$\begin{array}{cc}\hfill {u}_{r}\left(r,z,t\right)=\frac{1}{r}\frac{\partial \psi }{\partial z},\hfill & \hfill {u}_{z}\left(r,z,t\right)=-\frac{1}{r}\frac{\partial \psi }{\partial r}.\hfill \end{array}$
(19)

Thus, we have to determine only one unknown function ψ(r, z, t), rather than the two functions u r (r, z, t) and u z (r, z, t).

It’s easy to show that the continuity equation (16) is identically satisfied using (19). Substituting (19) into the z and r components of (17) we obtain

$\frac{\partial \left(P+\left(\rho /2\right){\left|\stackrel{\to }{V}\right|}^{2}\right)}{\partial r}+\frac{\rho }{r}\frac{{\partial }^{2}\psi }{\partial t\partial z}-\rho \frac{\partial \psi }{\partial r}\frac{{E}^{2}\psi }{{r}^{2}}-\frac{\mu }{r}\frac{\partial {E}^{2}\psi }{\partial z}=0,$
(20)
$\frac{\partial \left(P+\left(\rho /2\right){\left|\stackrel{\to }{V}\right|}^{2}\right)}{\partial r}-\frac{\rho }{r}\frac{{\partial }^{2}\psi }{\partial t\partial z}-\rho \frac{\partial \psi }{\partial z}\frac{{E}^{2}\psi }{{r}^{2}}+\frac{\mu }{r}\frac{\partial {E}^{2}\psi }{\partial z}=0$
(21)

where the differential operator E2 is given by

${E}^{2}=\frac{{\partial }^{2}}{\partial {r}^{2}}-\frac{1}{r}\frac{\partial }{\partial r}+\frac{{\partial }^{2}}{\partial {z}^{2}}.$

After eliminating the pressure from the above equations, we obtain the following equation for ψ(r, z, t)

$-\rho \left[\frac{-1}{r}\frac{\partial {E}^{2}\psi }{\partial t}+\frac{\partial \psi }{\partial r}\frac{\partial \left(\frac{{E}^{2}\psi }{{r}^{2}}\right)}{\partial z}-\frac{\partial \psi }{\partial z}\frac{\partial \left(\frac{{E}^{2}\psi }{{r}^{2}}\right)}{\partial r}\right]=\frac{\mu }{r}{\left({E}^{2}\right)}^{2}\psi .$
(22)

We will assume that W is small enough so that, during the process, the gap 2l between the plates changes little and it can be considered approximately constant (see Figure 1).

Under these conditions the flow can be considered quasi-steady (Hughes & Brighton 1967; Papanastasiou et al. 2000), and therefore ψ = ψ(r, z), so that (22) is rewritten as

$-\rho \left[\frac{\partial \psi }{\partial r}\frac{\partial \left(\frac{{E}^{2}\psi }{{r}^{2}}\right)}{\partial z}-\frac{\partial \psi }{\partial z}\frac{\partial \left(\frac{{E}^{2}\psi }{{r}^{2}}\right)}{\partial r}\right]=\frac{\mu }{r}{\left({E}^{2}\right)}^{2}\psi ,$
(23)

with the following boundary conditions (see Figure 1)

$\begin{array}{ccc}\hfill z=l\hfill & \hfill {u}_{r}=0,\hfill & \hfill {u}_{z}=-W,\hfill \end{array}$
$\begin{array}{ccc}\hfill z=0\hfill & \hfill {u}_{z}=0,\hfill & \hfill \frac{\partial {u}_{r}}{\partial z}=0.\hfill \end{array}$
(24)

Following (Stefan 1874), (23) can be expressed as a four order ordinary differential equation, by using of the substitution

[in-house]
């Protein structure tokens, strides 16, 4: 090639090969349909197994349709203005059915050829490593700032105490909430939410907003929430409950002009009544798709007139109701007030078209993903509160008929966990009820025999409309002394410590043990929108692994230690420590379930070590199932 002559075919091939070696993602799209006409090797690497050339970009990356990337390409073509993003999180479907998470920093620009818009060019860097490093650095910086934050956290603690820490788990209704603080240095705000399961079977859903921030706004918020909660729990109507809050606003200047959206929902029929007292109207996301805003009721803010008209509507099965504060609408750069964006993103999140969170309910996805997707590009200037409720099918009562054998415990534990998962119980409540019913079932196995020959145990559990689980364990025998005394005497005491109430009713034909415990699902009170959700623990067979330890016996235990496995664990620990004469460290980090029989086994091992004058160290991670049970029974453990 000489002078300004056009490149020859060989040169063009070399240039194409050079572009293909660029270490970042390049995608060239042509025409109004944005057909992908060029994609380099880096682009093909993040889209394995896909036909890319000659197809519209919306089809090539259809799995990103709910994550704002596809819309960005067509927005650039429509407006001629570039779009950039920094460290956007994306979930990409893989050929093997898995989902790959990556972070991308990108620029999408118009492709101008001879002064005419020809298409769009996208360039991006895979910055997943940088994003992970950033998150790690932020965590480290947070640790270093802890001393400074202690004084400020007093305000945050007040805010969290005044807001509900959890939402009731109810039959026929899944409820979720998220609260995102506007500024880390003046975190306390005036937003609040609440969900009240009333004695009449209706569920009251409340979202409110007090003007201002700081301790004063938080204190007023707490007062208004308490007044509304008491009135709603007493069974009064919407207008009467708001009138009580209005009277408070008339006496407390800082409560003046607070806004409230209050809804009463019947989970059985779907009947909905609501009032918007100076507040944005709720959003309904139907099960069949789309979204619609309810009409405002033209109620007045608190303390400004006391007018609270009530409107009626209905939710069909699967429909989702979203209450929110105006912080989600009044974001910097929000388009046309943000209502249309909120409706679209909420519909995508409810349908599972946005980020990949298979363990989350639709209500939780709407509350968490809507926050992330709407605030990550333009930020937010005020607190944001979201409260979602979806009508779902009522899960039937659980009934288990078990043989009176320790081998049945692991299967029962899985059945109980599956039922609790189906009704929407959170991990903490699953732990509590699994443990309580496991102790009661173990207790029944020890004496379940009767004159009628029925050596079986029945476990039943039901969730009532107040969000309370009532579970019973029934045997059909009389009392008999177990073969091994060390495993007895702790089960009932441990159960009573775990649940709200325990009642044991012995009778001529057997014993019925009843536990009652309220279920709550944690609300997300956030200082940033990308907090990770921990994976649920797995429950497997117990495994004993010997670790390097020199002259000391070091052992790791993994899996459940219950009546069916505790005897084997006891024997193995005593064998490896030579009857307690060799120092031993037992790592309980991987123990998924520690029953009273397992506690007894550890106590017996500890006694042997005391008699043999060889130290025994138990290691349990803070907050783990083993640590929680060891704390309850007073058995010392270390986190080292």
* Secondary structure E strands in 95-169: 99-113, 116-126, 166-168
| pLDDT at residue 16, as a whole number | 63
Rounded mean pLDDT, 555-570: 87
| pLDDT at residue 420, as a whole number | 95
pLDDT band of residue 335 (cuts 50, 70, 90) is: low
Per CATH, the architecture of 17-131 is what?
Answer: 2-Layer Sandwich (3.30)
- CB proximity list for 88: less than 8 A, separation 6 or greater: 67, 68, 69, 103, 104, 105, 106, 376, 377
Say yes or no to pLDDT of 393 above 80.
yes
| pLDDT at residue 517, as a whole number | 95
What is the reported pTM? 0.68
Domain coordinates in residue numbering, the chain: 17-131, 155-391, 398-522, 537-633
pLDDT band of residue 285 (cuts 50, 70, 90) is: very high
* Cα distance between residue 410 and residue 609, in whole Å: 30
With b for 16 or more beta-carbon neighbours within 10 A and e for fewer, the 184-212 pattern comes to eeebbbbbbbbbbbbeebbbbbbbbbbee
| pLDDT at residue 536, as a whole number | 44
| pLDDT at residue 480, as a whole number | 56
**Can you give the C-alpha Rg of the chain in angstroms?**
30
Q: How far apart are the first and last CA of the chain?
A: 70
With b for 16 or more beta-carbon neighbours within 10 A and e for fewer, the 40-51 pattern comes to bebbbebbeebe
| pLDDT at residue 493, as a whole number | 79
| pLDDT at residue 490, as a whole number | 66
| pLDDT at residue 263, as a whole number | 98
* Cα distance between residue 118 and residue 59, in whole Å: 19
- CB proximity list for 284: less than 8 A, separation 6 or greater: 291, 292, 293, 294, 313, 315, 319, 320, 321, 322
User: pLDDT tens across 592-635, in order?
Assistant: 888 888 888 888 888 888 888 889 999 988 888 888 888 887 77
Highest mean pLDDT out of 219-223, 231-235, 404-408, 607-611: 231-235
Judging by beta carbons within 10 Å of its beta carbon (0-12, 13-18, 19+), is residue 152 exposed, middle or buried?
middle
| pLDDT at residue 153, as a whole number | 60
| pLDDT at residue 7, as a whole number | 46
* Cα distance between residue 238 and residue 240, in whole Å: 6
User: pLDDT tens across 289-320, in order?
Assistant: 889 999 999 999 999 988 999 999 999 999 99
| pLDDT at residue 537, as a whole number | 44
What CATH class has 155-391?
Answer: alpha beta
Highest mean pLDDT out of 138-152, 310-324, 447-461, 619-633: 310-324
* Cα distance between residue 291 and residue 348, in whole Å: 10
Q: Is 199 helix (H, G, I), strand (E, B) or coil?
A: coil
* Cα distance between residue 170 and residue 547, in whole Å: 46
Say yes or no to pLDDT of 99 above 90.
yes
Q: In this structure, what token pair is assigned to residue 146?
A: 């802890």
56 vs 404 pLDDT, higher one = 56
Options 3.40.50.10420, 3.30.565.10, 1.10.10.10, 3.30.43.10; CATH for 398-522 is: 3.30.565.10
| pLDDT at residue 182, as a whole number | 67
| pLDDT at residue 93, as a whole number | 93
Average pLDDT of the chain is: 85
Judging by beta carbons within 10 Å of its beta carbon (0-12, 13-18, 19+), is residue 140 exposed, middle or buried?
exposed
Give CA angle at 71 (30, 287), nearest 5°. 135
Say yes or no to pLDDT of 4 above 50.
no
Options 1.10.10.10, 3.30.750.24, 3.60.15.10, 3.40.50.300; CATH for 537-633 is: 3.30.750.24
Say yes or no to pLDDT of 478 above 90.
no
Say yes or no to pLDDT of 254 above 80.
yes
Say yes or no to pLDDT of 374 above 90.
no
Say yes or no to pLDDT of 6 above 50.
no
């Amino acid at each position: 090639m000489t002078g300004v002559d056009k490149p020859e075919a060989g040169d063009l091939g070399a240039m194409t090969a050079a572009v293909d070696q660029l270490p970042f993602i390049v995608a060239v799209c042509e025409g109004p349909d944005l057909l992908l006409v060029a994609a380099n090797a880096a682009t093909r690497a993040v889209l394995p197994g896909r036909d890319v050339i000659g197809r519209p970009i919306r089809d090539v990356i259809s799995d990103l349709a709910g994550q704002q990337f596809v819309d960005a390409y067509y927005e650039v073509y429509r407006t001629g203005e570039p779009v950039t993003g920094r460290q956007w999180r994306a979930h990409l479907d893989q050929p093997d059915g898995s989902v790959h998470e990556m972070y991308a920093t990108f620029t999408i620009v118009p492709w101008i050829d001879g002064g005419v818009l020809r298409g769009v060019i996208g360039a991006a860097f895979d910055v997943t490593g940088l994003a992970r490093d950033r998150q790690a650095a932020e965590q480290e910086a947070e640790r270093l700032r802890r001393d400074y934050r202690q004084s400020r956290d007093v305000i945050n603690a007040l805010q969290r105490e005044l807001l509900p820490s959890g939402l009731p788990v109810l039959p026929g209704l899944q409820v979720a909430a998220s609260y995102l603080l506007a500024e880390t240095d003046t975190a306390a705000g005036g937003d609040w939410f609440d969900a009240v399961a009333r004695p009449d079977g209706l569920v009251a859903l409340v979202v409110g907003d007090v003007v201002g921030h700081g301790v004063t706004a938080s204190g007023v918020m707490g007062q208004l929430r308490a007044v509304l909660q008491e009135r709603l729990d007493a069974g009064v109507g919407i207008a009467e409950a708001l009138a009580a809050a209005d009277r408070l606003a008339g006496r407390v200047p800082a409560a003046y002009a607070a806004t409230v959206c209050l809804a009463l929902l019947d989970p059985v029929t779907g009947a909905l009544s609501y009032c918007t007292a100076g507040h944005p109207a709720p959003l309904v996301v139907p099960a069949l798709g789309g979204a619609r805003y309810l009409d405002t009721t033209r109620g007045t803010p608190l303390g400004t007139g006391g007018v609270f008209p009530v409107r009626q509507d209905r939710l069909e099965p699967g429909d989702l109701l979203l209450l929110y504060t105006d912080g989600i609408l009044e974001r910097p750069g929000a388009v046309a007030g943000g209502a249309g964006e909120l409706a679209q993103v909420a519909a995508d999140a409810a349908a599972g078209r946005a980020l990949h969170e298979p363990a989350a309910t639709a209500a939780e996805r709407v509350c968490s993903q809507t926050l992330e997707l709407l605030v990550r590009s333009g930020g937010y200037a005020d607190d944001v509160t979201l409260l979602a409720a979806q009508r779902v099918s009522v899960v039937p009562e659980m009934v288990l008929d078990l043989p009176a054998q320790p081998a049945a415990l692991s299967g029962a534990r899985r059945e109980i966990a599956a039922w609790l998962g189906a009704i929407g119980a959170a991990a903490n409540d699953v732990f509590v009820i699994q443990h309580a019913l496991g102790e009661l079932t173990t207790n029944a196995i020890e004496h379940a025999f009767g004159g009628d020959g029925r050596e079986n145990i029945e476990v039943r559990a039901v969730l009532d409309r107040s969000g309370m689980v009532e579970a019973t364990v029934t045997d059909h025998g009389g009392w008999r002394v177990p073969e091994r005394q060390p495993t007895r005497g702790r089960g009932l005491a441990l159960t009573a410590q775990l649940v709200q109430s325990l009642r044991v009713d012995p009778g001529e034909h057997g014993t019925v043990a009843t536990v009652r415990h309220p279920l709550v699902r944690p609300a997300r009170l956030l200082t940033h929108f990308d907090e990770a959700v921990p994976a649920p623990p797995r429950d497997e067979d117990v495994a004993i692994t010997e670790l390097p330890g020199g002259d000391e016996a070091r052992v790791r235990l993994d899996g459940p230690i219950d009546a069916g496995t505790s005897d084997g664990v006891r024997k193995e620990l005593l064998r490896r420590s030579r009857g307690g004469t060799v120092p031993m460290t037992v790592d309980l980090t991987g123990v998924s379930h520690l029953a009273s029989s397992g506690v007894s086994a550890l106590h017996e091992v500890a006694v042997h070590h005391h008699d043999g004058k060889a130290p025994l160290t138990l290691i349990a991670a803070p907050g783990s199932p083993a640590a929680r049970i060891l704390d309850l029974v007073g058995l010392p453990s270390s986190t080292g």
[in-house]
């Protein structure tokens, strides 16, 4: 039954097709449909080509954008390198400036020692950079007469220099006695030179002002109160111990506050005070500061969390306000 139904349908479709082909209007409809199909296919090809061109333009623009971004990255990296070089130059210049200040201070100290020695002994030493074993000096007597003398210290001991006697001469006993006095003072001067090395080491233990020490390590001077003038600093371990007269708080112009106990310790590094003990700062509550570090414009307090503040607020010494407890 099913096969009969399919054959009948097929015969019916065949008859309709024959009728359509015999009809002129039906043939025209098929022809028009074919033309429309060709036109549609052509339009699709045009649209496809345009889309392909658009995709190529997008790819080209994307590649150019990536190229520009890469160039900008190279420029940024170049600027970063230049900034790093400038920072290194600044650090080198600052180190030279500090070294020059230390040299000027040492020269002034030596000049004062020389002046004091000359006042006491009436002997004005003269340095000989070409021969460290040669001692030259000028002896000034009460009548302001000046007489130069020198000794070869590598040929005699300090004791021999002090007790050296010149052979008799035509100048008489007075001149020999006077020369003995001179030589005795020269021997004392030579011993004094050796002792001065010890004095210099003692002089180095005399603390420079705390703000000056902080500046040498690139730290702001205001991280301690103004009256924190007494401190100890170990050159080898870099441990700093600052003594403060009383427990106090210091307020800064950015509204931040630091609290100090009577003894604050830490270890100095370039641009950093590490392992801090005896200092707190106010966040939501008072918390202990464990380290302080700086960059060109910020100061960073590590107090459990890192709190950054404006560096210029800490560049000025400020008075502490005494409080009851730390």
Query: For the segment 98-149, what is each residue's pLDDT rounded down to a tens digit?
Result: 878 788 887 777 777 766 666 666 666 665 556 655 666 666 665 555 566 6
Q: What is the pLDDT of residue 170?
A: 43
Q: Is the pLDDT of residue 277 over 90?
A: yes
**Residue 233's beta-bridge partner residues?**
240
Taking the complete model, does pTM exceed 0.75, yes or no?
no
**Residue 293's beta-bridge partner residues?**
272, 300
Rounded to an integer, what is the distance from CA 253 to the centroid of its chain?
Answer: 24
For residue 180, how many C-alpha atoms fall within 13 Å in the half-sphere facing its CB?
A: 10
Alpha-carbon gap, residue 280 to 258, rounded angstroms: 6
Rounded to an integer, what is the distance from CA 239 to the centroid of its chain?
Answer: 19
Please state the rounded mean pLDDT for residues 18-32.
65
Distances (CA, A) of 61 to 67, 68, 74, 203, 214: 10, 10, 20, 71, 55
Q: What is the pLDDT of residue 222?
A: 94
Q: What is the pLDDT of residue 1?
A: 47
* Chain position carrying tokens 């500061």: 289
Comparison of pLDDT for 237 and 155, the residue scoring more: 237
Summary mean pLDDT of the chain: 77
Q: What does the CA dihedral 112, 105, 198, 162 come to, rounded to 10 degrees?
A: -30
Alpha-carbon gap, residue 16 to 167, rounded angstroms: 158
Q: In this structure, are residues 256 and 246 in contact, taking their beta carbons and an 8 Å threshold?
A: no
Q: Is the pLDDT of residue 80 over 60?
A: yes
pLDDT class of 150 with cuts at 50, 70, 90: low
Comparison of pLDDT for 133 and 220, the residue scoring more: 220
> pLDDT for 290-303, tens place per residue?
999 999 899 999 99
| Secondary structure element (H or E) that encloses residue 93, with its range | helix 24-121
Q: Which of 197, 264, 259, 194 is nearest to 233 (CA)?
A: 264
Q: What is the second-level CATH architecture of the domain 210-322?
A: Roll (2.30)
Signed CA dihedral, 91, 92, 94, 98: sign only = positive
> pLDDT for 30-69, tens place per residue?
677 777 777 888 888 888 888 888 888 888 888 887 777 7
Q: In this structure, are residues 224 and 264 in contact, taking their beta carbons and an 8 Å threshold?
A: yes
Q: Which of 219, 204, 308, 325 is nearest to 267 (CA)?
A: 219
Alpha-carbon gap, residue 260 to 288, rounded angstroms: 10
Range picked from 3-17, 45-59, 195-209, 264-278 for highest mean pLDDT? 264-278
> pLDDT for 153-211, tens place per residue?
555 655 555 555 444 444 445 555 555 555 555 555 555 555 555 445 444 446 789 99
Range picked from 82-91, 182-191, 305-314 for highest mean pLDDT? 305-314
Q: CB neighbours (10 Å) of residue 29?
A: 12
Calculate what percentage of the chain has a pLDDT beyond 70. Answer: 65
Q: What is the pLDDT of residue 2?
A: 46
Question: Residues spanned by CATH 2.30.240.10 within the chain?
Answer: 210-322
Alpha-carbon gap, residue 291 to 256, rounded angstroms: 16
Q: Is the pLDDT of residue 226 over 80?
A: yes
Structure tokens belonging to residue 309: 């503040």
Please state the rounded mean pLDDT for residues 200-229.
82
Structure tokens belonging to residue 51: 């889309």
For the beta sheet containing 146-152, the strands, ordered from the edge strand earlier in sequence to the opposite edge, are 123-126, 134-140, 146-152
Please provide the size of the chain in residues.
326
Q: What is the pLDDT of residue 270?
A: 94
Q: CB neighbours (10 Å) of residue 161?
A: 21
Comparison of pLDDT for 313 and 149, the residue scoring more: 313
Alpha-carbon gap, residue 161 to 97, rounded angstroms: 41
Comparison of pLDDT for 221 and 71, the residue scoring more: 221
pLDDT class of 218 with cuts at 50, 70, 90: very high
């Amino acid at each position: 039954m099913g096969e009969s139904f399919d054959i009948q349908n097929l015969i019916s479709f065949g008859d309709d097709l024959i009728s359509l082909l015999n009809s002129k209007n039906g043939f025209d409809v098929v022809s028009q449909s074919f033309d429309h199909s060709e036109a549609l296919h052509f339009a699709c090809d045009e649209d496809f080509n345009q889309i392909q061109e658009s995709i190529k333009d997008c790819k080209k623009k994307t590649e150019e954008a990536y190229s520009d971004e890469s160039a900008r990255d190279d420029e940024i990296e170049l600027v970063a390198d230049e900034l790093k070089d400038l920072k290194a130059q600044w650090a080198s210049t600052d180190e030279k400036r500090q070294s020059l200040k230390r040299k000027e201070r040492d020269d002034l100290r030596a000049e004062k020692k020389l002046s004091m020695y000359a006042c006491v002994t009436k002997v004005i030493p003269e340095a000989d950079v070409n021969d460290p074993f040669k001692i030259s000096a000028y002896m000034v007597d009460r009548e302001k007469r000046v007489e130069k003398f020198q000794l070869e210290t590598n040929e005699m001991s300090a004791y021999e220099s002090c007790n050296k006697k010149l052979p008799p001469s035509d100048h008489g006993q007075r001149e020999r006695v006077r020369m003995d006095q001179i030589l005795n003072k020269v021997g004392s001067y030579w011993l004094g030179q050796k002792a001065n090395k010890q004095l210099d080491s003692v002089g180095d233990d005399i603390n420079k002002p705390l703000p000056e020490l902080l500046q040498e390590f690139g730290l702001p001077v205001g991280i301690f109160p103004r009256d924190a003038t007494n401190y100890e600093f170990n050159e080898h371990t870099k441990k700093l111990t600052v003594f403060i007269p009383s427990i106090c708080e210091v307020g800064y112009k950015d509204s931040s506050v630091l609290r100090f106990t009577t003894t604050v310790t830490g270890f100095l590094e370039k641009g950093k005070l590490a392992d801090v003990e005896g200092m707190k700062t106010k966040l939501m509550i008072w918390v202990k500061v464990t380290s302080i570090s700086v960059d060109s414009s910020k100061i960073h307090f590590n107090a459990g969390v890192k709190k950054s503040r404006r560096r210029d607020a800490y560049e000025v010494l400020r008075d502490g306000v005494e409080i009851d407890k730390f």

$\psi \left(r,z\right)={r}^{2}F\left(z\right).$
(25)

In view of (25), (23) and (24) become

$\frac{{d}^{4}F\left(z\right)}{d{z}^{4}}+\frac{2\rho }{\mu }F\left(z\right)\frac{{d}^{3}F\left(z\right)}{d{z}^{3}}=0,$
(26)

with the boundary conditions

$\begin{array}{cc}\hfill F\left(0\right)=0,\hfill & \hfill {F}^{″}\left(0\right)=0,\hfill \end{array}$
$\begin{array}{cc}\hfill F\left(l\right)=\frac{1}{2}W,\hfill & \hfill {F}^{\prime }\left(l\right)=0\hfill \end{array}.$
(27)

(see for example that, after substituting (25) into the second equation of (19), we obtain u z (r, z) = − 2F(z), in such a way that from (24) is obtained u z (r, 0) = − 2F(0) = 0, and so on). In order to facilitate the evaluation of (26) we introduce the following dimensionless parameters given by

$\begin{array}{ccc}\hfill {F}^{*}=\frac{F}{W/2},\hfill & \hfill {Z}^{*}=\frac{Z}{l},\hfill & \hfill ϵ=\frac{\mathit{\rho l}}{\mu /W},\hfill \end{array}$
(28)

so that, (26) and (27) adopt the form

$\frac{{d}^{4}F\left(z\right)}{d{z}^{4}}+\mathit{ϵF}\left(z\right)\frac{{d}^{3}F\left(z\right)}{d{z}^{3}}=0,$
(29)
$\begin{array}{cc}\hfill F\left(0\right)=0,\hfill & \hfill {F}^{″}\left(0\right)=0,\hfill \end{array}$
$\begin{array}{cc}\hfill F\left(1\right)=1,\hfill & \hfill {F}^{\prime }\left(1\right)=0,\hfill \end{array}$
(30)

where we have dropped * for simplicity.

## Case study

The objective of this section is employ LT-HPM, to find an analytical approximate solution for the nonlinear problem given by (29) and (30).

$\begin{array}{l}\frac{{d}^{4}F\left(z\right)}{d{z}^{4}}+\mathit{ϵF}\left(z\right)\frac{{d}^{3}F\left(z\right)}{d{z}^{3}}=0,\phantom{\rule{0.75em}{0ex}}0\le z\le 1,\phantom{\rule{0.75em}{0ex}}F\left(0\right)=0,\\ {F}^{″}\left(0\right)=0,F\left(1\right)=1,{F}^{\prime }\left(1\right)=0\end{array}$
(31)

from (28), ϵ is a positive parameter.

It is possible to find a handy solution by applying the LT-HPM method.

Identifying terms:

$L\left(F\right)={F}^{\left(4\right)}\left(z\right),$
(32)
$N\left(F\right)=\mathit{ϵF}\left(z\right){F}^{‴}\left(z\right),$
(33)

where prime denotes differentiation respect to z.

In order to obtain an approximate analytical solution for nonlinear problem (31), we construct a homotopy in accordance with (4)

$\left(1-p\right)\left({F}^{\left(4\right)}-{{F}_{0}}^{\left(4\right)}\right)+p\left[{F}^{\left(4\right)}+\mathit{ϵF}{F}^{‴}\right]=0,$
(34)

or

${F}^{\left(4\right)}={{F}_{0}}^{\left(4\right)}+p\left[-{{F}_{0}}^{\left(4\right)}-\mathit{ϵF}{F}^{‴}\right].$
(35)

Applying Laplace transform algorithm we get

$\Im \left({F}^{\left(4\right)}\right)=\Im \left({{F}_{0}}^{\left(4\right)}+p\left[-{{F}_{0}}^{\left(4\right)}-\mathit{ϵF}{F}^{‴}\right]\right),$
(36)

as it is explained in (Spiegel 1988), it is possible to rewrite (36) as